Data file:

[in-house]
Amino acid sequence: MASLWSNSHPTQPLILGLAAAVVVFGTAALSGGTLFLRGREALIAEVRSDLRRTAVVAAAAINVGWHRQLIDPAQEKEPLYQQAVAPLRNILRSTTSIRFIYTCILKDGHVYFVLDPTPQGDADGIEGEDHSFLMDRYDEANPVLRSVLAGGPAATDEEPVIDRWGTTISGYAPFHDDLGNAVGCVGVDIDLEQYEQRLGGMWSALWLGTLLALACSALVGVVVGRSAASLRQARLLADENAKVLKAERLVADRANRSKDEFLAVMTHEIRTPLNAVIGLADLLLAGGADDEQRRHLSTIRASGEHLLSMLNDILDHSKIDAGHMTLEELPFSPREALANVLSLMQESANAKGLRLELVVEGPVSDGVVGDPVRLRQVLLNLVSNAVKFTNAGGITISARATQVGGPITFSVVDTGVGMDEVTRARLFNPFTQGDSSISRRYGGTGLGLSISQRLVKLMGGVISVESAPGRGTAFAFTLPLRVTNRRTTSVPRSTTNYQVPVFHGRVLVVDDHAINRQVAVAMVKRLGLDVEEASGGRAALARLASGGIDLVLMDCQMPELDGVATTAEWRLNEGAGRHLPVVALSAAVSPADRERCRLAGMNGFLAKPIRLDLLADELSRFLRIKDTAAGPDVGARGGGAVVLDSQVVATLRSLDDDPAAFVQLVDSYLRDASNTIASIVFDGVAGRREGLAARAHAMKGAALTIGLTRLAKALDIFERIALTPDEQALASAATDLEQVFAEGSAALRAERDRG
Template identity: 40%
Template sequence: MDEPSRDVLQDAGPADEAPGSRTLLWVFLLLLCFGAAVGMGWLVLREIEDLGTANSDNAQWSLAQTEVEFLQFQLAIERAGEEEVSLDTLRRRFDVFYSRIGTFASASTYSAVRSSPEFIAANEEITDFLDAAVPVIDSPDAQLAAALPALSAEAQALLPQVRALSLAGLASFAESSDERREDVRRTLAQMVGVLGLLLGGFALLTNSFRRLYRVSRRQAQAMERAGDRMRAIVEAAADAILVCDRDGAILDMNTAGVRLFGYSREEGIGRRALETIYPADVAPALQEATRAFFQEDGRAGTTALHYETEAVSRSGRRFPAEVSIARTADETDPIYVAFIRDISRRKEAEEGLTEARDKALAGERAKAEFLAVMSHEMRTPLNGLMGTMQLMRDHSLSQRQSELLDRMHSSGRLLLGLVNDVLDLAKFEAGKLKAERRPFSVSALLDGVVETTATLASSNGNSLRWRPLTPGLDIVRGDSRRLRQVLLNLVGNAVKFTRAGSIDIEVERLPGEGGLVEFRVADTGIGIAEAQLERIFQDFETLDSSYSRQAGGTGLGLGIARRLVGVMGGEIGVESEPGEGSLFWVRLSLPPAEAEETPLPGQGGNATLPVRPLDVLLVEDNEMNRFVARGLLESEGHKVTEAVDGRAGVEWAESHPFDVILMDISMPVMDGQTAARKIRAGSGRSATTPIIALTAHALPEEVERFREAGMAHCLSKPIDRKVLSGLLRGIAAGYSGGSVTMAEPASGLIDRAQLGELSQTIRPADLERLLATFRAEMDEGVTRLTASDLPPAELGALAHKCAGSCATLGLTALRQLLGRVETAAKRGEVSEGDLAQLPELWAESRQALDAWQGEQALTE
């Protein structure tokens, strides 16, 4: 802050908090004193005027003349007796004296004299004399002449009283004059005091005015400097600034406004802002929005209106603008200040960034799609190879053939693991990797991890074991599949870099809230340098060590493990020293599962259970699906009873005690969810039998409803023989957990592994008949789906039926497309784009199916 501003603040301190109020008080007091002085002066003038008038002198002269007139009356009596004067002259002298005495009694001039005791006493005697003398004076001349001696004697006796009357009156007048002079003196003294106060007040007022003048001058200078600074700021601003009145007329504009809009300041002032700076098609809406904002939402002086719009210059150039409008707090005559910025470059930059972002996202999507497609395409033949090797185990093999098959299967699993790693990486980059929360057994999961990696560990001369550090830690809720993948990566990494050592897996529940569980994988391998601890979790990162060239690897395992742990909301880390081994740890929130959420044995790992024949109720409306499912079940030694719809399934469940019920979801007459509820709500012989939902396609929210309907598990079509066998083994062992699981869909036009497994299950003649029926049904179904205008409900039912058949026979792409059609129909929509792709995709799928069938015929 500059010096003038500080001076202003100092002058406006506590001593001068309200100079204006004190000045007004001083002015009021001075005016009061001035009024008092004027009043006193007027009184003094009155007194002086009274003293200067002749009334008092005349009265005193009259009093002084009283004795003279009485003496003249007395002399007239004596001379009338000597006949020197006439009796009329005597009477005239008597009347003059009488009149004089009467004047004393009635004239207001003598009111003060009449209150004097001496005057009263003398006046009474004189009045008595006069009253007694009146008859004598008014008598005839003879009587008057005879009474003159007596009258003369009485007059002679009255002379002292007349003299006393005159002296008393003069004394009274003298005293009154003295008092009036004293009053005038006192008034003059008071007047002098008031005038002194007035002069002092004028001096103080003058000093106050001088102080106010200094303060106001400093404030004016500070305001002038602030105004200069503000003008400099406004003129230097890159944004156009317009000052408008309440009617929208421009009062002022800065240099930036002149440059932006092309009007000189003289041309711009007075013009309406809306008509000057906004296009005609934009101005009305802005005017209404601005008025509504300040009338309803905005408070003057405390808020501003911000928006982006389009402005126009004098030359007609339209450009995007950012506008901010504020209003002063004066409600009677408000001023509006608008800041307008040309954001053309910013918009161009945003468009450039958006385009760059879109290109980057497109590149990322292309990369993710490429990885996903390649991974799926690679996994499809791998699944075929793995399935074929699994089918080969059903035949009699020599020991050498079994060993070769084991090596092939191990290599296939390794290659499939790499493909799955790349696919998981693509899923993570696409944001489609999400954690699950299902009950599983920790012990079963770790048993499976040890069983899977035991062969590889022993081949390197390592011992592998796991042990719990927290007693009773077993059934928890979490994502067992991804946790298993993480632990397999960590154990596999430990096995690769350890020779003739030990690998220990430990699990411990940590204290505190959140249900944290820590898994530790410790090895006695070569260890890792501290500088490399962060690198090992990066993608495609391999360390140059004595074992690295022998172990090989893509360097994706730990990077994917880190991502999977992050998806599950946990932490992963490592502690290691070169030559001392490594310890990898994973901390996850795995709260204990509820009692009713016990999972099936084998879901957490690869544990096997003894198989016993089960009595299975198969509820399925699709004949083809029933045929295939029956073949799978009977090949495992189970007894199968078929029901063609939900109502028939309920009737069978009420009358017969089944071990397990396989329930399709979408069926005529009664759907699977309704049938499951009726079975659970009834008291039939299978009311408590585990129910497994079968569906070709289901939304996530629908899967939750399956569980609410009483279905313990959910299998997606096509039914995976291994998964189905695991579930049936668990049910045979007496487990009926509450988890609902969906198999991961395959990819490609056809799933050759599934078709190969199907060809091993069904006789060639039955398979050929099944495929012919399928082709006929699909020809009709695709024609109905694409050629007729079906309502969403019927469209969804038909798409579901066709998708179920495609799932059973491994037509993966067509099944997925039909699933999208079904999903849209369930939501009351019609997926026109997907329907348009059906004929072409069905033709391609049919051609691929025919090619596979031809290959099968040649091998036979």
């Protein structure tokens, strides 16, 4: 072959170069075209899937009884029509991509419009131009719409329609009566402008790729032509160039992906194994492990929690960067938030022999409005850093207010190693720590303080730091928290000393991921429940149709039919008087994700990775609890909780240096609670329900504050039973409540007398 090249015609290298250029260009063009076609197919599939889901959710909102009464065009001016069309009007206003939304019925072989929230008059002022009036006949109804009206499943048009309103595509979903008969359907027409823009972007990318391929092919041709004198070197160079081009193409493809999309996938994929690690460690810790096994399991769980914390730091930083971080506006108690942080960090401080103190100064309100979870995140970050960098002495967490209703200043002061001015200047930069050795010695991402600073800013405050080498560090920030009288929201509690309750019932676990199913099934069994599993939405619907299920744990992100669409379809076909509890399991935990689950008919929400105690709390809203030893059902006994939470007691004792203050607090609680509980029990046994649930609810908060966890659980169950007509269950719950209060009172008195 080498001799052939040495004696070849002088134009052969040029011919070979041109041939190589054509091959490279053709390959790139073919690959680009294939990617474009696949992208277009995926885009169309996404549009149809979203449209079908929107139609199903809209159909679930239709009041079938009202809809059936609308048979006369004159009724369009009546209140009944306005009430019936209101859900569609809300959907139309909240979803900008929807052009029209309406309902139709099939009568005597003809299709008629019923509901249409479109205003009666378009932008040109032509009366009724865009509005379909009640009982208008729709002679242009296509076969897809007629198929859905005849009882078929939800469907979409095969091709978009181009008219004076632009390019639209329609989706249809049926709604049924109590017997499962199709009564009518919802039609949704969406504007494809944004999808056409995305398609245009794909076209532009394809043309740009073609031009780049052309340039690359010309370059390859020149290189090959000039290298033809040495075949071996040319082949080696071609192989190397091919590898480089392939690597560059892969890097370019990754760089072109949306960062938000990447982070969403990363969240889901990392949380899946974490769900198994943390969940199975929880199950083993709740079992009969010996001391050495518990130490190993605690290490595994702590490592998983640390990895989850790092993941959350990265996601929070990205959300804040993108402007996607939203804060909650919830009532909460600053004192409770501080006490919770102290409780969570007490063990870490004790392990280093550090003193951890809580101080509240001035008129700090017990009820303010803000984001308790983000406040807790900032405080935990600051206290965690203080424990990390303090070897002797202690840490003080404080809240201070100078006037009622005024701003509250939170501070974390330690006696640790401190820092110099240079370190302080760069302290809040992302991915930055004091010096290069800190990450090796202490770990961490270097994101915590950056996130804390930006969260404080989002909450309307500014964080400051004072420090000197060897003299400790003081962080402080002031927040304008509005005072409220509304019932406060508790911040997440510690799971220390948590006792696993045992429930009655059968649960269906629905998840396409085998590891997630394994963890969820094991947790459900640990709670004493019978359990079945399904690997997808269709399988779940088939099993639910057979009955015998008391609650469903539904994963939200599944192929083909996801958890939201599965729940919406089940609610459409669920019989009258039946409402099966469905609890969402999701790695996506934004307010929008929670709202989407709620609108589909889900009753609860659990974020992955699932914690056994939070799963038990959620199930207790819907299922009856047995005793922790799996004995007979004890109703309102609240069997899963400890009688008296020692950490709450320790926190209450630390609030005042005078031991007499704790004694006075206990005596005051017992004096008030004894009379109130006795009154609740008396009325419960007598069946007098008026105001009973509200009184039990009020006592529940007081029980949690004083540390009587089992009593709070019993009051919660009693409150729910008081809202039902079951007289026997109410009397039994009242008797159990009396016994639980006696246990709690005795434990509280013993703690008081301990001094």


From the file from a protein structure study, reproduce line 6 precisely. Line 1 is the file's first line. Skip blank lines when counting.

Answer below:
């Protein structure tokens, strides 16, 4: 072959170069075209899937009884029509991509419009131009719409329609009566402008790729032509160039992906194994492990929690960067938030022999409005850093207010190693720590303080730091928290000393991921429940149709039919008087994700990775609890909780240096609670329900504050039973409540007398 090249015609290298250029260009063009076609197919599939889901959710909102009464065009001016069309009007206003939304019925072989929230008059002022009036006949109804009206499943048009309103595509979903008969359907027409823009972007990318391929092919041709004198070197160079081009193409493809999309996938994929690690460690810790096994399991769980914390730091930083971080506006108690942080960090401080103190100064309100979870995140970050960098002495967490209703200043002061001015200047930069050795010695991402600073800013405050080498560090920030009288929201509690309750019932676990199913099934069994599993939405619907299920744990992100669409379809076909509890399991935990689950008919929400105690709390809203030893059902006994939470007691004792203050607090609680509980029990046994649930609810908060966890659980169950007509269950719950209060009172008195 080498001799052939040495004696070849002088134009052969040029011919070979041109041939190589054509091959490279053709390959790139073919690959680009294939990617474009696949992208277009995926885009169309996404549009149809979203449209079908929107139609199903809209159909679930239709009041079938009202809809059936609308048979006369004159009724369009009546209140009944306005009430019936209101859900569609809300959907139309909240979803900008929807052009029209309406309902139709099939009568005597003809299709008629019923509901249409479109205003009666378009932008040109032509009366009724865009509005379909009640009982208008729709002679242009296509076969897809007629198929859905005849009882078929939800469907979409095969091709978009181009008219004076632009390019639209329609989706249809049926709604049924109590017997499962199709009564009518919802039609949704969406504007494809944004999808056409995305398609245009794909076209532009394809043309740009073609031009780049052309340039690359010309370059390859020149290189090959000039290298033809040495075949071996040319082949080696071609192989190397091919590898480089392939690597560059892969890097370019990754760089072109949306960062938000990447982070969403990363969240889901990392949380899946974490769900198994943390969940199975929880199950083993709740079992009969010996001391050495518990130490190993605690290490595994702590490592998983640390990895989850790092993941959350990265996601929070990205959300804040993108402007996607939203804060909650919830009532909460600053004192409770501080006490919770102290409780969570007490063990870490004790392990280093550090003193951890809580101080509240001035008129700090017990009820303010803000984001308790983000406040807790900032405080935990600051206290965690203080424990990390303090070897002797202690840490003080404080809240201070100078006037009622005024701003509250939170501070974390330690006696640790401190820092110099240079370190302080760069302290809040992302991915930055004091010096290069800190990450090796202490770990961490270097994101915590950056996130804390930006969260404080989002909450309307500014964080400051004072420090000197060897003299400790003081962080402080002031927040304008509005005072409220509304019932406060508790911040997440510690799971220390948590006792696993045992429930009655059968649960269906629905998840396409085998590891997630394994963890969820094991947790459900640990709670004493019978359990079945399904690997997808269709399988779940088939099993639910057979009955015998008391609650469903539904994963939200599944192929083909996801958890939201599965729940919406089940609610459409669920019989009258039946409402099966469905609890969402999701790695996506934004307010929008929670709202989407709620609108589909889900009753609860659990974020992955699932914690056994939070799963038990959620199930207790819907299922009856047995005793922790799996004995007979004890109703309102609240069997899963400890009688008296020692950490709450320790926190209450630390609030005042005078031991007499704790004694006075206990005596005051017992004096008030004894009379109130006795009154609740008396009325419960007598069946007098008026105001009973509200009184039990009020006592529940007081029980949690004083540390009587089992009593709070019993009051919660009693409150729910008081809202039902079951007289026997109410009397039994009242008797159990009396016994639980006696246990709690005795434990509280013993703690008081301990001094």